Background: Pleural effusions due to heart failure are associated with a high 1-year mortality. Several hematological parameters have been shown to provide prognostic information in patients with cardiovascular diseases. The objective was to assess whether hematological markers can also provide prognostic information in patients with pleural effusion caused by heart failure.
Methods: This was a retrospective study of patients with pleural effusion due to heart failure who underwent a diagnostic thoracentesis. The hematological parameters evaluated were as follows: neutrophils, lymphocytes, neutrophil-to-lymphocyte ratio, platelet count, platelet-to-lymphocyte ratio, mean platelet volume (MPV), and MPV-to-platelet ratio. Patients were divided into two groups: those who died within 1 year and survivors of more than 1 year. Differences and possible correlations were analyzed with non-parametric tests. Diagnostic values were estimated. Survival analysis was performed using the Kaplan-Meier method. Cox regression analysis was performed to identify independent variables.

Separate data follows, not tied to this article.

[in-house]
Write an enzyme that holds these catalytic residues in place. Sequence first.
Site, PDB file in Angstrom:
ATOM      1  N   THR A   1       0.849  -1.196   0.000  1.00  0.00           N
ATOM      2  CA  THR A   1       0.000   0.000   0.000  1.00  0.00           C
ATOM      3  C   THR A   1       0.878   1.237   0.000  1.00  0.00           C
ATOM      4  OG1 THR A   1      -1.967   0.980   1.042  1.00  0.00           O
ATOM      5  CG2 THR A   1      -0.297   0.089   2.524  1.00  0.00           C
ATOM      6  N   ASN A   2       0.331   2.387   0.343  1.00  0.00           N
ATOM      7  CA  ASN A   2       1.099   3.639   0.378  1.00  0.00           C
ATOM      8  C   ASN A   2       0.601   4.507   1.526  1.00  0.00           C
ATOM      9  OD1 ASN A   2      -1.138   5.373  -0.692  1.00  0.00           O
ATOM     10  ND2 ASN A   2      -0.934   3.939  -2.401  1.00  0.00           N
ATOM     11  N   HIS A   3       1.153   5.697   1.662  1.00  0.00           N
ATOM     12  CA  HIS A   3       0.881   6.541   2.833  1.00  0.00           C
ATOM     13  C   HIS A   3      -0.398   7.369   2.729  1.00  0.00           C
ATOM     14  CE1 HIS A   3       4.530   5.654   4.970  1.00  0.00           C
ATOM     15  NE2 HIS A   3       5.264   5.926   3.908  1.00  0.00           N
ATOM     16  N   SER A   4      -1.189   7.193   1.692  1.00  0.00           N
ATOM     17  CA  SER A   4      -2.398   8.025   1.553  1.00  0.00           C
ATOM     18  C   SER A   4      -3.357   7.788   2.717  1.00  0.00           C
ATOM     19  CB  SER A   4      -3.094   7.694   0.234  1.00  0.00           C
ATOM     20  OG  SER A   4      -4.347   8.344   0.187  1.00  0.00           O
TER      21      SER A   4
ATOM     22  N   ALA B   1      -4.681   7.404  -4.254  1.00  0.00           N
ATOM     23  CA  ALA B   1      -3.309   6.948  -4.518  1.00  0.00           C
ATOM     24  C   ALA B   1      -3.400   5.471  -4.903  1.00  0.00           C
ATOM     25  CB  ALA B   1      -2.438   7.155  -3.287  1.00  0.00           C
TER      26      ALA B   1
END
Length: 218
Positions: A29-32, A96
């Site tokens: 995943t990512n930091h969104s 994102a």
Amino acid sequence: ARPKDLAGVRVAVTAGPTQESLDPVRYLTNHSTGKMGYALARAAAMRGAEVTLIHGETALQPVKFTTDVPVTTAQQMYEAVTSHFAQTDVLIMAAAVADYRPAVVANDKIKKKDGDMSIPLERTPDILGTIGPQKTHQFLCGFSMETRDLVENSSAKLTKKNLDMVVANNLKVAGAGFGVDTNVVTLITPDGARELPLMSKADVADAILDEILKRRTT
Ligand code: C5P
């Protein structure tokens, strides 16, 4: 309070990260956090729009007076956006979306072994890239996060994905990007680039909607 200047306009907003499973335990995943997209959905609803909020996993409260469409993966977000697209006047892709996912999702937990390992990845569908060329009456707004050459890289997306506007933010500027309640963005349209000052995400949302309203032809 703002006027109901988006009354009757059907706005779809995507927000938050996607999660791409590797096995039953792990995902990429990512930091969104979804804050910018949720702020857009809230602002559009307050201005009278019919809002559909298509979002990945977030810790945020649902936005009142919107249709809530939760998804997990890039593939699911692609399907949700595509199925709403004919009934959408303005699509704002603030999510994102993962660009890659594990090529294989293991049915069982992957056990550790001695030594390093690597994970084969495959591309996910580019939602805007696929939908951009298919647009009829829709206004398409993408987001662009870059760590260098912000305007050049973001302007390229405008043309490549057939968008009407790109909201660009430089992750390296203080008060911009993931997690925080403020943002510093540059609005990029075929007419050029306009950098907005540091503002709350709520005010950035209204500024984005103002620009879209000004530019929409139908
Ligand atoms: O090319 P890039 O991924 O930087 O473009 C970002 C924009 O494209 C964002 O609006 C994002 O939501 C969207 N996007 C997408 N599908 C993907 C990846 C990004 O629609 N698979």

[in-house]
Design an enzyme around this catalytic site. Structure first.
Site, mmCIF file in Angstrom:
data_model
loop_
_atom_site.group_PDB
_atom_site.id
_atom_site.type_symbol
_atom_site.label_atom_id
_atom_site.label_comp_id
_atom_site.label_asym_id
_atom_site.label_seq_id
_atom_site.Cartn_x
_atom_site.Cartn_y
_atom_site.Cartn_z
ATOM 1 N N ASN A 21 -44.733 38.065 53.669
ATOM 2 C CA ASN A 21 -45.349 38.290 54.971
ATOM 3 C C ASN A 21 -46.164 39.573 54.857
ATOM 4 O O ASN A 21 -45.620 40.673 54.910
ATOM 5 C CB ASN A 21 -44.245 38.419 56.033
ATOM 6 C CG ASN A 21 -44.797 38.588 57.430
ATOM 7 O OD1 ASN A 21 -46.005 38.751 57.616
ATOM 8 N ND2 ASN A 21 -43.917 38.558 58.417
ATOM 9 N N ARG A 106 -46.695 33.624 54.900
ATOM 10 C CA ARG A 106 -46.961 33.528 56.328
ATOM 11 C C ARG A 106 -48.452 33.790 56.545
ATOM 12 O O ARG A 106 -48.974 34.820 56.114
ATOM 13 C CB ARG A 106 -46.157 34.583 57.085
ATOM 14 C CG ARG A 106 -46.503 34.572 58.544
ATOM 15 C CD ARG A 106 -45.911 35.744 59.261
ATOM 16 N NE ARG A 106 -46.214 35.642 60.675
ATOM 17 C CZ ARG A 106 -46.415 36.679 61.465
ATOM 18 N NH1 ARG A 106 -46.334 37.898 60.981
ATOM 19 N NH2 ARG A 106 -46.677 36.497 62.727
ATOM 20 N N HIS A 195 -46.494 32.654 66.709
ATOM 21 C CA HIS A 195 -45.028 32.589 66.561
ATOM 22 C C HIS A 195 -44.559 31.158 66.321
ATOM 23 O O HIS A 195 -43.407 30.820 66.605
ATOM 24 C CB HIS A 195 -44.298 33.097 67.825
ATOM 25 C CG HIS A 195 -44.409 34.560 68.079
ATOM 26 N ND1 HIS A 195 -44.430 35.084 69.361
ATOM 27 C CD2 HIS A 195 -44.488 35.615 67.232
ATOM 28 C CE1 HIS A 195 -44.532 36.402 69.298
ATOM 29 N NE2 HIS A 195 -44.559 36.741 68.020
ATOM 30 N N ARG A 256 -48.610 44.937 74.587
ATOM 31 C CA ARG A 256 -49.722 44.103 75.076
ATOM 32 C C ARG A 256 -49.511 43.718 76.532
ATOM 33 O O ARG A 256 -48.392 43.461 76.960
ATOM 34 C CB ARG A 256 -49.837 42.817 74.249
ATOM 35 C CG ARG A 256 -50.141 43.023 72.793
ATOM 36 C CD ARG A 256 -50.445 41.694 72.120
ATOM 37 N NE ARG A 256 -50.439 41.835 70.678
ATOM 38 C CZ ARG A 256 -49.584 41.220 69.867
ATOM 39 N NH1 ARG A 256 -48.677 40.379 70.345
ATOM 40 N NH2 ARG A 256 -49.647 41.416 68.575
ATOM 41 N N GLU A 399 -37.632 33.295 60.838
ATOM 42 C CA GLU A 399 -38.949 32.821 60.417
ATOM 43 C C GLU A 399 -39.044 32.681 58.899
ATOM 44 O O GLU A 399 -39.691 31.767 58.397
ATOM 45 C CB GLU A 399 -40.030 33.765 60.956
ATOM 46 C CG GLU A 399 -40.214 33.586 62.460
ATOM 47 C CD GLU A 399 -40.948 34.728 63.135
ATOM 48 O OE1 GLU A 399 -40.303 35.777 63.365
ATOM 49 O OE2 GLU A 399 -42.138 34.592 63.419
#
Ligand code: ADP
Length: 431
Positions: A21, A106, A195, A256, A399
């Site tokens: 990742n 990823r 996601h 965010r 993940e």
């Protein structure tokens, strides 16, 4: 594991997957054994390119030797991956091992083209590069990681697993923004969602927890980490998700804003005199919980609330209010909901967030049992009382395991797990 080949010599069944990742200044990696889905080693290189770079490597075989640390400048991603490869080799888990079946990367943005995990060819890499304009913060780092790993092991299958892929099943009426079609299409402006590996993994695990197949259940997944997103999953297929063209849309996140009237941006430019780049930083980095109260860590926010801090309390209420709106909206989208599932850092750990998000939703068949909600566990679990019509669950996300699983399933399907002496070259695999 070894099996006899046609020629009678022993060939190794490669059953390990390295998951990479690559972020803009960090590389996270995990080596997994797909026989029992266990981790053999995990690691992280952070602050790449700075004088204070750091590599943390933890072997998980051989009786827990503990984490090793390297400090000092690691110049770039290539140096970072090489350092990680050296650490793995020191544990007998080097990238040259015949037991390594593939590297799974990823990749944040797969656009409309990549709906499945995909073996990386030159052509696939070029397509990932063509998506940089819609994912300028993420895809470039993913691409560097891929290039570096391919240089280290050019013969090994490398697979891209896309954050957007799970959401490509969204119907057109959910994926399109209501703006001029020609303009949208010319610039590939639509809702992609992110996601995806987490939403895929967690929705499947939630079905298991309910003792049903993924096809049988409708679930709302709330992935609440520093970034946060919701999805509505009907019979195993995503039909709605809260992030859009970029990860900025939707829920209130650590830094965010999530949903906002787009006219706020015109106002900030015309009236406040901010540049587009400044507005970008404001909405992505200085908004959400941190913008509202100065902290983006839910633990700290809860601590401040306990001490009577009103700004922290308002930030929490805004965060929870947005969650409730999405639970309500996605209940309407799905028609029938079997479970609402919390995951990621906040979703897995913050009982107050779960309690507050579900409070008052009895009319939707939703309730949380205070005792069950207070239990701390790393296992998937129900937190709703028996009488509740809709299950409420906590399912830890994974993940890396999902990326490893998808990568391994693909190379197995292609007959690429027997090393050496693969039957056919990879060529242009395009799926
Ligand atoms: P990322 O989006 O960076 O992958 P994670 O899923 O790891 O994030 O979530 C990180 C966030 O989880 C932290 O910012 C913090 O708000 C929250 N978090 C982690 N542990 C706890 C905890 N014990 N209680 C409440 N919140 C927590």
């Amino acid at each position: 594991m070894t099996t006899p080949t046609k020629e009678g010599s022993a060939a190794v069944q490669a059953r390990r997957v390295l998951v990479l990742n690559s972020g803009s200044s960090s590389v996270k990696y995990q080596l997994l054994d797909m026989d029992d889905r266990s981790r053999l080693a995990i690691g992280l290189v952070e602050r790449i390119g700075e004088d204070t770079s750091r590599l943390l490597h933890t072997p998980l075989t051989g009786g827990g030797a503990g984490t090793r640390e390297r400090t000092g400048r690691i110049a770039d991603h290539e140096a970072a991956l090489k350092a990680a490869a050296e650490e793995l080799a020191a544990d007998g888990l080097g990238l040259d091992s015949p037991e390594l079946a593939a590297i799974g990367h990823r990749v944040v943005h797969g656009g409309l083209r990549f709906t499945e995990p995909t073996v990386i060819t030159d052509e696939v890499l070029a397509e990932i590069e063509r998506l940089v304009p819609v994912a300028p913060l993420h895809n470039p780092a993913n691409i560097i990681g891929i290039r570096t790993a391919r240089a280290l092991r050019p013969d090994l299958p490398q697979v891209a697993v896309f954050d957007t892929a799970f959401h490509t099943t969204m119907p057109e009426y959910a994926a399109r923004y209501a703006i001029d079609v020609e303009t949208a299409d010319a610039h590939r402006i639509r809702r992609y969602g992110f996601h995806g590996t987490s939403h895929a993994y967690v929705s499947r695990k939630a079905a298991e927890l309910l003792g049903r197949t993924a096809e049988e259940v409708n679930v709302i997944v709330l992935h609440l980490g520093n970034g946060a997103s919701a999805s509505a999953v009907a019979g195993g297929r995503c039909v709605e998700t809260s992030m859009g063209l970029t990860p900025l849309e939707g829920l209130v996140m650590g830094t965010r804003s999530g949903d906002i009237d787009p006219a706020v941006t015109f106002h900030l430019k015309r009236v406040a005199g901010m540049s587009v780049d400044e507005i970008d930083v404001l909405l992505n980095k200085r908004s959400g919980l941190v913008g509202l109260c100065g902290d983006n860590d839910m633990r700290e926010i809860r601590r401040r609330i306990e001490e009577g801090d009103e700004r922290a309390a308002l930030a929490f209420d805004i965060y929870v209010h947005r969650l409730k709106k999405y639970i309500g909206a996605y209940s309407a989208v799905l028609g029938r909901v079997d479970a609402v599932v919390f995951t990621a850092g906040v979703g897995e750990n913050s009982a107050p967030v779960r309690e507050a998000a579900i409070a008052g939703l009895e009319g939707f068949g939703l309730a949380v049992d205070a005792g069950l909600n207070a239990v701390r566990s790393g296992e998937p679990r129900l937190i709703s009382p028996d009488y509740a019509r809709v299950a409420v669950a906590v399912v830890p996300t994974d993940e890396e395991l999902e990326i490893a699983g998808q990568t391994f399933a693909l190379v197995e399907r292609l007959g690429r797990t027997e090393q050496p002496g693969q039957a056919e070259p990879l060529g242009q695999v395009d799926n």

Results: Twenty five of 55 (45%) patients died within 1-year from thoracentesis. Patients who died in this period were older, aged 83 years (73 - 87, median and interquartile range, IQR) vs. 74 (65 - 82); with lower platelet count: 181 x 103 (140 - 258 x 103) vs. 241 x 103 (198 - 324 x 103); and higher MPV/platelet: 48.1 (34.9 - 75.6) vs. 35.6 (27.1 - 42.9). In the regression analysis only the MPV/platelet had statistical significance (p = 0.002). MPV/platelet > 50 had a specificity of 87% for 1-year mortality, and a ratio > 30 had a sensitivity of 84%.
Conclusions: Simple hematological parameters such as platelet count and MPV/platelet, may provide useful prognostic information for predicting 1-year mortality in patients with pleural effusion due to heart failure.